Using Java Applets vs. Java Web Start Technology for Remote Access

Posted by Ming Jan Sam Wed, 07 Aug 2013 11:36:00 GMT

The security of sensitive company resources is one of the highest priorities within companies, of course. However, companies also cannot circumvent the use of remote access solutions to allow employees working in a mobile environment – anywhere and anytime. This trend forms the need for secure remote access solutions that meets both needs – security and flexibility. 

Since most of the SSL VPNs are based on Java technology, companies currently struggle with the recent security alerts stating vulnerabilities relating to Java. Even some Internet browsers have automatically disabled the use of Java until the security gaps have been closed.

But – there are ways to cope with this challenge without the need to completely dismiss Java-based solutions. In the following, we explain why Java Web Start is far less vulnerable than Java Applets and thus is strongly recommended to be used for secure remote access.

The Java Runtime Environment is the same for Java Applets, Java Web Start and locally running applications (like Eclipse).

But, Java Applets can be run in the background (hidden from the user). This means a Java applet can be integrated in any website and is executed by the browser and Java plugin when the site is loaded.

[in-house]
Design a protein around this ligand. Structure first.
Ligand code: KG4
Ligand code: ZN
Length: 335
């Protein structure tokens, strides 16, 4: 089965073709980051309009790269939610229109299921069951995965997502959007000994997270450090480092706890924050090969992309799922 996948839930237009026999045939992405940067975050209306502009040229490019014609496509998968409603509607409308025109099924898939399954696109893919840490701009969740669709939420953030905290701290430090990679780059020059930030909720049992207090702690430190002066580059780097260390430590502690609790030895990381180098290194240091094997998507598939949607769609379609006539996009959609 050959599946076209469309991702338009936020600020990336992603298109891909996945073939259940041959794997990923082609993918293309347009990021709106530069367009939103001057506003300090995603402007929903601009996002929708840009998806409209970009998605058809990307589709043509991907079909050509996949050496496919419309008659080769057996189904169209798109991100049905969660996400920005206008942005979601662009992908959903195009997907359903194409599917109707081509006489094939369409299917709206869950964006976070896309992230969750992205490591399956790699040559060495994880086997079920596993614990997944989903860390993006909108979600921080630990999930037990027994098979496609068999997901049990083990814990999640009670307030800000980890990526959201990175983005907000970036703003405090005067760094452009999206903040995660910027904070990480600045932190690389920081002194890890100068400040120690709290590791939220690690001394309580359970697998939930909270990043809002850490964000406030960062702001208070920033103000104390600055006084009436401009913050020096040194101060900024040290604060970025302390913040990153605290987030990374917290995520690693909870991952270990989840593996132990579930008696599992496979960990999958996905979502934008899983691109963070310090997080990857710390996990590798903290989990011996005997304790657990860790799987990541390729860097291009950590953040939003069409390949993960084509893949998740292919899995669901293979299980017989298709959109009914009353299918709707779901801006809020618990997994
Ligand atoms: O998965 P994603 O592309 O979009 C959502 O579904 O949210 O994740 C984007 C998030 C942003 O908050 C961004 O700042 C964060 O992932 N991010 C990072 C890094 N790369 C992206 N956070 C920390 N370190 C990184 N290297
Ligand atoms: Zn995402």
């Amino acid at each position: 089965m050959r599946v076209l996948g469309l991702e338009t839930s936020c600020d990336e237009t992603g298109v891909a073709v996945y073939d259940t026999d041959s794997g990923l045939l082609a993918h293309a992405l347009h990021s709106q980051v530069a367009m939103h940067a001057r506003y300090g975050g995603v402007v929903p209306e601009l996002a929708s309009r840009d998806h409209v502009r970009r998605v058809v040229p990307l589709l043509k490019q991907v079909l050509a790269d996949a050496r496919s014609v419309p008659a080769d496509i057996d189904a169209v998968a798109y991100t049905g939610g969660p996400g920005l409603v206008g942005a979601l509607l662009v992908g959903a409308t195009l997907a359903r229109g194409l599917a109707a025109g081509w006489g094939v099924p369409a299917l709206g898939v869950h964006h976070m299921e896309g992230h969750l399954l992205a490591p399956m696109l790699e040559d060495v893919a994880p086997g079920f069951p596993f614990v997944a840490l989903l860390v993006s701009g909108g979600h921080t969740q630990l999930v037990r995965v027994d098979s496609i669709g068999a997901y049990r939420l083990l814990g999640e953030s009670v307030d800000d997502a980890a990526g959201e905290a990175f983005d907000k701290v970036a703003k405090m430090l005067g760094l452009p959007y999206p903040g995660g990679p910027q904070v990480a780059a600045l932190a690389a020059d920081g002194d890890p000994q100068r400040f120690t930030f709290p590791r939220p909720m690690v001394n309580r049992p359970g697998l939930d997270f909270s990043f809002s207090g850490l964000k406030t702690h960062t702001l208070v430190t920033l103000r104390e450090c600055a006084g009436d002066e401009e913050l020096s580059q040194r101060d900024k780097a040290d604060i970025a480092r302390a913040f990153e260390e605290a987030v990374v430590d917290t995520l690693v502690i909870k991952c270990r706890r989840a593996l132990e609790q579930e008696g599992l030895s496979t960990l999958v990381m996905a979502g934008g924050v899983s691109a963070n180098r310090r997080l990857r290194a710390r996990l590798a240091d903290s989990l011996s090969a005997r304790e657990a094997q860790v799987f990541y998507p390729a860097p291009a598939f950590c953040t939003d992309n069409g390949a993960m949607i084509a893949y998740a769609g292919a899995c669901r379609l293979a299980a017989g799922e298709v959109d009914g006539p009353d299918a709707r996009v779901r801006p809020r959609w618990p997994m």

This is usually no problem as long as the security mechanism of Java has no security vulnerabilities. However, no software is perfect and such problems can occur in plugins like Java, Adobe Flash or in Java Script in the browser itself.

One principle for security is to inform the user that a specific piece of code is being executed on the client system and to identify where the code comes from (signatures). 

Java does the same for Java applets with the exception that unsigned Java applets are automatically executed within a sandbox. This works quite perfectly as long as the sandbox is secure. 

The difference of Java Web Start is now that the code is executed outside the browser and can only be executed if confirmed by the user and if the code is signed. 

Java applets can then be disabled in the browser. The Java Web Start application runs indeed with the same access rights like any other locally installed application.

The advantage of Java Web Start is that it always updates the code from the web server like it is done with Java applets. 

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